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California and the West | CALIFORNIA ELECTIONS U.S.
SENATE

Feinstein Stumps for Compatriots

With a massive lead, the senator is lending a hand to other Democratic candidates. Campbell crisscrosses the state in final push.

November 03, 2000|GREG KRIKORIAN and JOHN JOHNSON | TIMES STAFF WRITERS

WALNUT CREEK, Calif. — She is not declaring the race over, not officially. But in the waning days of her bid for reelection, U.S. Sen. Dianne Feinstein's campaign has come to resemble a victory tour.

While her opponent, San Jose Rep. Tom Campbell, zigzags up and down the state in a desperate sprint to the finish, Feinstein is focusing on helping Democratic brethren locked in tight races.

"I have reached the point where I would like to help others," Feinstein told reporters in Walnut Creek after a rousing address to several hundred senior citizens from the Democrats of Rossmore club. She came to support two candidates for state office.

"I feel my election is in fair shape,' said Feinstein, a Democrat who polls show is leading her Republican challenger by 20 to 25 points. "There are other candidates who are good candidates. And if I can help them get a leg hold, I'd like to do that."

On Wednesday, she appeared in the San Jose suburb of Cupertino, endorsing House candidate Mike Honda and two Democratic contenders for state Assembly.

Feinstein will be in Fresno today supporting Democratic candidates and speaking out against Proposition 36, which would send nonviolent drug offenders to treatment rather than prison.

While the senator hopes to secure not only her own triumph but also victory for fellow Democrats, Campbell continues to hunt for votes from one end of the state to the other. Appearing Thursday at a small luncheon hosted by the Comstock Club in Sacramento, he hit the campaign themes he has made the centerpieces of his challenge: campaign finance reform and rethinking the nation's war on drugs.

He called Feinstein the product of a flawed political system. But he also sent barbs in the direction of Republican strategists who have criticized his campaign.

In recent days, analysts from his own party have questioned his choice of issues. Instead of talking so much about treating drug users more humanely, they said, he should have portrayed the incumbent--who is nearly 20 years older--as out of date and out of touch.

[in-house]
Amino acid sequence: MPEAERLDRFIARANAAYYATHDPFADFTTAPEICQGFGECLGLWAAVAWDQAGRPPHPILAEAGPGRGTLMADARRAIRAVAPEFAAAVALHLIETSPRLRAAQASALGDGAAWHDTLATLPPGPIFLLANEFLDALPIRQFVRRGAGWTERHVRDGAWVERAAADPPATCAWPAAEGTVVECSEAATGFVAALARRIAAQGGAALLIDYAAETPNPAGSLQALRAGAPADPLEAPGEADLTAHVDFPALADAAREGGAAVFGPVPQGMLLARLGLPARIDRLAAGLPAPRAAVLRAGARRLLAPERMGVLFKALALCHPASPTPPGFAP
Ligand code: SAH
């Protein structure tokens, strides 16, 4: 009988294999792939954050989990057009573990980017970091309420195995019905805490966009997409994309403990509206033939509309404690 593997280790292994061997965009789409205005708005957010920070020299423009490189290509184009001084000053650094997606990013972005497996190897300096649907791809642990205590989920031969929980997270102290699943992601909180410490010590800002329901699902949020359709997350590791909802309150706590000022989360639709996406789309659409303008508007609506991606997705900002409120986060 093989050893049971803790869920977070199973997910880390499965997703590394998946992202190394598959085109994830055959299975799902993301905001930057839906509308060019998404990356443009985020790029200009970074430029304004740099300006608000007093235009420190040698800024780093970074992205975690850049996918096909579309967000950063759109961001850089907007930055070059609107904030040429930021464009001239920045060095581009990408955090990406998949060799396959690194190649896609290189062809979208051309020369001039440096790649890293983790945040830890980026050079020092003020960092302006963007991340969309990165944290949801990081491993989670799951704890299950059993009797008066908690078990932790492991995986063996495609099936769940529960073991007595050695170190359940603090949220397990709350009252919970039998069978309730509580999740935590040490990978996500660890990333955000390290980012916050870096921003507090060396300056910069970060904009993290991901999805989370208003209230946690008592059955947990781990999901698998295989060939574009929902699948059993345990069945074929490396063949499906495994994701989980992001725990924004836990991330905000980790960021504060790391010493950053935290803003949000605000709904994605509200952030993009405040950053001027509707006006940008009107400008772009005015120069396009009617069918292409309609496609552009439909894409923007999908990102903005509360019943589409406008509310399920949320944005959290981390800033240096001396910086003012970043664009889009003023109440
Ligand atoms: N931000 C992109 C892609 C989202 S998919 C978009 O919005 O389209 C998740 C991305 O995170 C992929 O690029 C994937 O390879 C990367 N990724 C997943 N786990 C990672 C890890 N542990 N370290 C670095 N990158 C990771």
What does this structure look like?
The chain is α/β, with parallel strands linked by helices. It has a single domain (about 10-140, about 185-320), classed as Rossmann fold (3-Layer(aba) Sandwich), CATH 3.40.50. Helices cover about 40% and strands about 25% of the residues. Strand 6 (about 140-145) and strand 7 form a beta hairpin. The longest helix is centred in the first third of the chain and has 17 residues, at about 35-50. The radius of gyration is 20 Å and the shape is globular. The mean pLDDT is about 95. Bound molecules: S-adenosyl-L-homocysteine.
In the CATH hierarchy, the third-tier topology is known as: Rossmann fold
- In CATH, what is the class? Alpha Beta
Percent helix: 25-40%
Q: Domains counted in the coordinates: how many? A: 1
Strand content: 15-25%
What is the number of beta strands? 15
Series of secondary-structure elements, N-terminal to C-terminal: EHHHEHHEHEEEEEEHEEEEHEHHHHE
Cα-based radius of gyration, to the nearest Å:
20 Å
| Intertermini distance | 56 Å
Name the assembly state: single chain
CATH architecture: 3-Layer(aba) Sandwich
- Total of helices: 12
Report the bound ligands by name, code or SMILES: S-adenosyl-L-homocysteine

"Let's get one thing straight: Age is not an issue," Campbell said pointedly in prepared remarks before 20 people at the Radisson Hotel.

Speaking to reporters afterward, he was even more unapologetic--especially about the drug issue. "I'm proud I brought it up," he said.

Campbell had been in Los Angeles on Wednesday, and drove over to San Jose after the appearance Thursday in Sacramento before the Comstock Club, a once-influential civic organization whose ranks and clout have thinned recently. Today, he is scheduled to appear in Hemet at a Republican Party event with singer Wayne Newton.

Rather than being daunted by the size of his task and the lack of time left for making his case, Campbell seemed typically upbeat Thursday. There were moments when his speech almost sounded like a wistful eulogy. While not admitting defeat, he said that no matter what happens on election day, the issues he brought forward will continue to be discussed.

Still, the final week of the campaign has not been without some encouraging developments for Campbell.

On Monday and Tuesday, he appeared with GOP presidential candidate George W. Bush in Burbank and San Jose. The appearances gave Campbell the sort of media exposure crucial to any statewide candidate, particularly one who was shown by the most recent Los Angeles Times poll to be unknown to more than half of California's voters.

All week long, Campbell continued his media campaign. One ad features Arizona Sen. John McCain, the unsuccessful GOP presidential candidate who maintains a substantial following in California. The other focuses on Campbell's opposition to America's current war on drugs and supports spending more money on prevention and treatment.

The commercials are part of a final, three-week television strategy that will cost about $1.2 million, almost one-fourth of all the money Campbell has raised in this campaign.

Meantime, Feinstein began airing a new television commercial touting her endorsements by most of California's large newspapers. The ads were part of a television push that will cost an estimated $4.3 million.

And Feinstein was out helping other candidates.

As she made clear in Cupertino, she wanted to weigh in on some key races where she might provide skirt-tails to elect fellow Democrats.

The appearances come at a time when Feinstein has been increasingly criticized by Campbell and the smaller-party candidates for not agreeing to more debates. Green Party candidate Medea Benjamin has been particularly pointed in her criticism--On Thursday she began airing television ads, including one that shows her and Campbell sitting down for a debate, with Feinstein a no-show.

Dismissing that criticism, Feinstein said in Cupertino that her relatively low-key campaign is a testament to her legislative accomplishments after eight years in the Senate.

"I have run a campaign based on the record, and the record would reflect that I have produced for California, that I have been effective," she said, citing her work on assault weapons controls and the Desert Protection Act.

"People don't only respond to a campaign," Feinstein said. "They respond to six years of work.

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